Frequent feedback. Top performers want to know where they stand—and not just during annual evaluations. The HBR report highlights the importance of monthly performance reviews. “It’s important that people understand what the business wants, and that they feel valued when they meet the employer’s expectations,” says Donna Cutting, CEO of Red Carpet Learning Systems in Asheville, North Carolina. “The ability to contribute and to feel involved with the success of the organization can be its own motivation.”
Advancement pathways. Top performers expect to advance in their careers. “Create a culture where people want to work with you because of what they are going to learn. Provide a clear-cut career ladder so they see how they can move up,” says Cutting.
But what if your facility doesn't have enough open management positions to accommodate every deserving person? “You can still create a growth path for top-performing people that keeps them feeling challenged even if they are not advanced into management positions,” says Dye.
Think laterally. “High achievers have an insatiable need for self-development,” says Eanes. “They have an ingrained need to develop themselves, so the more opportunities you can provide them to learn, the more loyal they will be.” A high-performing individual at the front desk, for example, might welcome a move to an adjacent position in human resources with the chance to learn a new set of marketable skills. “Not every top performer expects that advancement means a higher-level position,” says Eanes. “Millennials, especially, often prefer to move laterally because it provides them with more learning opportunities and more challenges.”
Tailor Their Roles
Because not all top performers have the same motivations, you need to consult with each of them to better understand their specific needs. “I suggest designing what I call an Individual Development Plan (IDP) with each person,” says Eanes. “Determine the next logical level of knowledge and expertise and what you can do to help them achieve it.”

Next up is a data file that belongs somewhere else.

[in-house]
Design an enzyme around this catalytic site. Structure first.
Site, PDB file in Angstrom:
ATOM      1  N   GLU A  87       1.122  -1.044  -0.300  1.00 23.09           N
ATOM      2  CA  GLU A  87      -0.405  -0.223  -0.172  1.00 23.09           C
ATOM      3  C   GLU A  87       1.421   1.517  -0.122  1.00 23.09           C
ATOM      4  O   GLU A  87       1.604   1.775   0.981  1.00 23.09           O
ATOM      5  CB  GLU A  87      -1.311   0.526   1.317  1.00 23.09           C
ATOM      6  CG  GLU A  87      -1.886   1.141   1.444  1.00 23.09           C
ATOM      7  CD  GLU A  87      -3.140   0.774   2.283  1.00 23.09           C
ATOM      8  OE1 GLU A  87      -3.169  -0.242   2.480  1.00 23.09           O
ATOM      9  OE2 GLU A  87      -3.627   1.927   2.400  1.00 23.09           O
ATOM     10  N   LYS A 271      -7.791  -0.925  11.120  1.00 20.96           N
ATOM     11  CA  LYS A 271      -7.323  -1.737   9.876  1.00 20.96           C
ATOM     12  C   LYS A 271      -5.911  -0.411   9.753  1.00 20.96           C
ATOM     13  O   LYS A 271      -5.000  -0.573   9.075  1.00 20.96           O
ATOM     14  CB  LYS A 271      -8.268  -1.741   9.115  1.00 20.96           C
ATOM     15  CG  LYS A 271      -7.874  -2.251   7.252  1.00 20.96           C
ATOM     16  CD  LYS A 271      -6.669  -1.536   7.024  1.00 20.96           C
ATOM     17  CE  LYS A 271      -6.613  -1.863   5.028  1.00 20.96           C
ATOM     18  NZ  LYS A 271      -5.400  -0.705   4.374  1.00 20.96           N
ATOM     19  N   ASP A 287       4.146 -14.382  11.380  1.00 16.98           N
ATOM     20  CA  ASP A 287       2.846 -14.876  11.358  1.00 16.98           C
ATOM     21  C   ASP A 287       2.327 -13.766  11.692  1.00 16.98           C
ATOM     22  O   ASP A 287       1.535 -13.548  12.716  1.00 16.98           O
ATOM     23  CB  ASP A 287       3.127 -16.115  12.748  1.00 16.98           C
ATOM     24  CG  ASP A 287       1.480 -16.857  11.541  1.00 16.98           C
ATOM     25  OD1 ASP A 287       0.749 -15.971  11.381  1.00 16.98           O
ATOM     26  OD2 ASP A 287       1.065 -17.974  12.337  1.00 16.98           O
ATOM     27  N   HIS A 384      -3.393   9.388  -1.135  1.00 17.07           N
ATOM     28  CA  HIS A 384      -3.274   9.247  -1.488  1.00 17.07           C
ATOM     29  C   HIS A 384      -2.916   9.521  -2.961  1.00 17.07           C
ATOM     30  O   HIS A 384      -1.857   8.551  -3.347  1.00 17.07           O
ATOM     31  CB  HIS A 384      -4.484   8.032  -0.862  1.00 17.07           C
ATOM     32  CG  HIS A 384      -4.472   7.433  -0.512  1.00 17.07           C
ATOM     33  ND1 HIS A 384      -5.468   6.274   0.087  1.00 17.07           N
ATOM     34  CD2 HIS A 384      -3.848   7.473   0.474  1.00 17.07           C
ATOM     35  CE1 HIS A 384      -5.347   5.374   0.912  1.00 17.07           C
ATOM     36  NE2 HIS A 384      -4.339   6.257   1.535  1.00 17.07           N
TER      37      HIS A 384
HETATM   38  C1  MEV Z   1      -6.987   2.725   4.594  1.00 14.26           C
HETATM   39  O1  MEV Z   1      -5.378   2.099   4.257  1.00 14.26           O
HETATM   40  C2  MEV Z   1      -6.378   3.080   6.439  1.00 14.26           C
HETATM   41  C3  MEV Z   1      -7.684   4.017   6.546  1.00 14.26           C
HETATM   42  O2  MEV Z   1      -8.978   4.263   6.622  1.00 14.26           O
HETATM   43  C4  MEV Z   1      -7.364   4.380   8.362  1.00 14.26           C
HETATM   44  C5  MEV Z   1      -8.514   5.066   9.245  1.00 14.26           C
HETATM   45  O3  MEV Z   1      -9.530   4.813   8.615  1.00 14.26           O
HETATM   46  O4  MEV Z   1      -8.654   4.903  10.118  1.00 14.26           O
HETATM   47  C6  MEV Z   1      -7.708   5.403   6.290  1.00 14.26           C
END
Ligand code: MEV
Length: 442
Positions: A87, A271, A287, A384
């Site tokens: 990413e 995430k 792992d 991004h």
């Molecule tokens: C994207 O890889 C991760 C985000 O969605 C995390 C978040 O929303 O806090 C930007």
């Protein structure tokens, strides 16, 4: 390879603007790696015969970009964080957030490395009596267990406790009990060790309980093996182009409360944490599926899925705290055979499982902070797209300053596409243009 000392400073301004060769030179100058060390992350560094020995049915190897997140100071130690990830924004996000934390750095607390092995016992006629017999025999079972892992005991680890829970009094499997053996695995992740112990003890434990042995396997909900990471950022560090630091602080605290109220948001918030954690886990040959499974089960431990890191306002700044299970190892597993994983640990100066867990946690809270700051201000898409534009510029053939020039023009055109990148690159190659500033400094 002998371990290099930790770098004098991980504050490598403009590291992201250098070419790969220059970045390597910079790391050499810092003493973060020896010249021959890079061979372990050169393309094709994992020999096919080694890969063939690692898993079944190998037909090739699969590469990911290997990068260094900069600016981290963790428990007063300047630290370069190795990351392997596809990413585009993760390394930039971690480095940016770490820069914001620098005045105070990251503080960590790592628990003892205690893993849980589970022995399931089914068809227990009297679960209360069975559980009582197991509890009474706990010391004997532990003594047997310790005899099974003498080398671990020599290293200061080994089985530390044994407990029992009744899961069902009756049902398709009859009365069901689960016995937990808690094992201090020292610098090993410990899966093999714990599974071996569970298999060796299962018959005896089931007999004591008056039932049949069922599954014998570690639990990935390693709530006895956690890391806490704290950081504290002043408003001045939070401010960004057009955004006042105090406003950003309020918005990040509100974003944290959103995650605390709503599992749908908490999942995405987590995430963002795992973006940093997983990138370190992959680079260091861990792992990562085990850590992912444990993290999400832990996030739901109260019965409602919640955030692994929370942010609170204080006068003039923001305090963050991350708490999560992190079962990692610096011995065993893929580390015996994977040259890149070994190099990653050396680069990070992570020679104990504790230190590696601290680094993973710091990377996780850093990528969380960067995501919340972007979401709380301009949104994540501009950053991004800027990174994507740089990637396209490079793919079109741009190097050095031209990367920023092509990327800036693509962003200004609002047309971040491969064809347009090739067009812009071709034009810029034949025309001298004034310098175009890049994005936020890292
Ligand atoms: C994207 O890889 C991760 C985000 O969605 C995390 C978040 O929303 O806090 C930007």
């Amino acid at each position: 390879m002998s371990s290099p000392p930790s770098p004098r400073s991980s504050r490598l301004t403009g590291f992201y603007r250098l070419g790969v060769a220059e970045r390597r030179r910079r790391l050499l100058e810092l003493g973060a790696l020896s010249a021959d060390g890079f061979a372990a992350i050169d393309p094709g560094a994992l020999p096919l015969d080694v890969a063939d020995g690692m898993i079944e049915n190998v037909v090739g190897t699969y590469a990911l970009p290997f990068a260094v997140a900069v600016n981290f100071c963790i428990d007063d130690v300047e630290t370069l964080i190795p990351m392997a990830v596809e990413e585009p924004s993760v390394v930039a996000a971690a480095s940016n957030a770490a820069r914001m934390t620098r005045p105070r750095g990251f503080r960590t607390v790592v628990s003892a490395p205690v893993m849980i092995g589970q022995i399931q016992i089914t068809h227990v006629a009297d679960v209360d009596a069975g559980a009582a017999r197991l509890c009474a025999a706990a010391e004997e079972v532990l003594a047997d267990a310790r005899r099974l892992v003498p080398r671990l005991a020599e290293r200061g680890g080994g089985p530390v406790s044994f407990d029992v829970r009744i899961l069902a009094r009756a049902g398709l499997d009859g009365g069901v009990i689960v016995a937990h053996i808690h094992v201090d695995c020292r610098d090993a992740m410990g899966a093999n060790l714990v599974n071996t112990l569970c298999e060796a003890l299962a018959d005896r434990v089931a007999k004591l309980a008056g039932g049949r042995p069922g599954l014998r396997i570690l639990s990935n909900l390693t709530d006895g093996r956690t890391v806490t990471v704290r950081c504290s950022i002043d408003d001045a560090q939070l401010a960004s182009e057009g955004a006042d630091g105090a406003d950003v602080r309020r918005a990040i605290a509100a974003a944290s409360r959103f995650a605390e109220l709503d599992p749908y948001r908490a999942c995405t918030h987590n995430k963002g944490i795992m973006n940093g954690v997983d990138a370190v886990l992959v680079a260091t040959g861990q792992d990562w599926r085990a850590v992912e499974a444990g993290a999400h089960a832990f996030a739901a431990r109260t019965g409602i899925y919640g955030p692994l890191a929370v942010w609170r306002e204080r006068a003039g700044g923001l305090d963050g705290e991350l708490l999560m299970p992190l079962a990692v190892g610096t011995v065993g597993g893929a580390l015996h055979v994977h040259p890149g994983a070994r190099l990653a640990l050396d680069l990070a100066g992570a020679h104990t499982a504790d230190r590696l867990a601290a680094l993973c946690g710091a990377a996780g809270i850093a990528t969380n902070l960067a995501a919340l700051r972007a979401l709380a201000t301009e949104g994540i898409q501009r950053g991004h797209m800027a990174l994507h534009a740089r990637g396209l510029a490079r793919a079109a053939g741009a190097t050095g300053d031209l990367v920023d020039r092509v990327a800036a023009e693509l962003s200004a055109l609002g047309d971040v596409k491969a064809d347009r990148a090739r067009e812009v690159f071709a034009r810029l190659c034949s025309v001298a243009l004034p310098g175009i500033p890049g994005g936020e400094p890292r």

An IDP might include a planned pathway to advancement or the acquisition of new skills. One individual might take on responsibility for larger projects. A second might share their knowledge by training other people. A third might cross-train in areas outside of their core competency. Think of these as “expertise promotions.”
Such work environment modifications, combined with competitive pay, should go a long way toward keeping your best people. Monitor how well you are doing by asking your staff for feedback. And observe how employees perform: Do they appear to be more motivated in their work?
Creating a program to retain your top people takes time and effort. The payoff, though, can be considerable. “Businesses that fail to retain their best people will be stuck with a majority of their employees being slackers and will end up overtaxing the foundational employees whom they rely on for productivity,” says Avdoian. “That will lead to a decline in employee morale, which will in turn impact productivity and devastate profitability.”
Phillip M. Perry is a freelance writer based in New York City.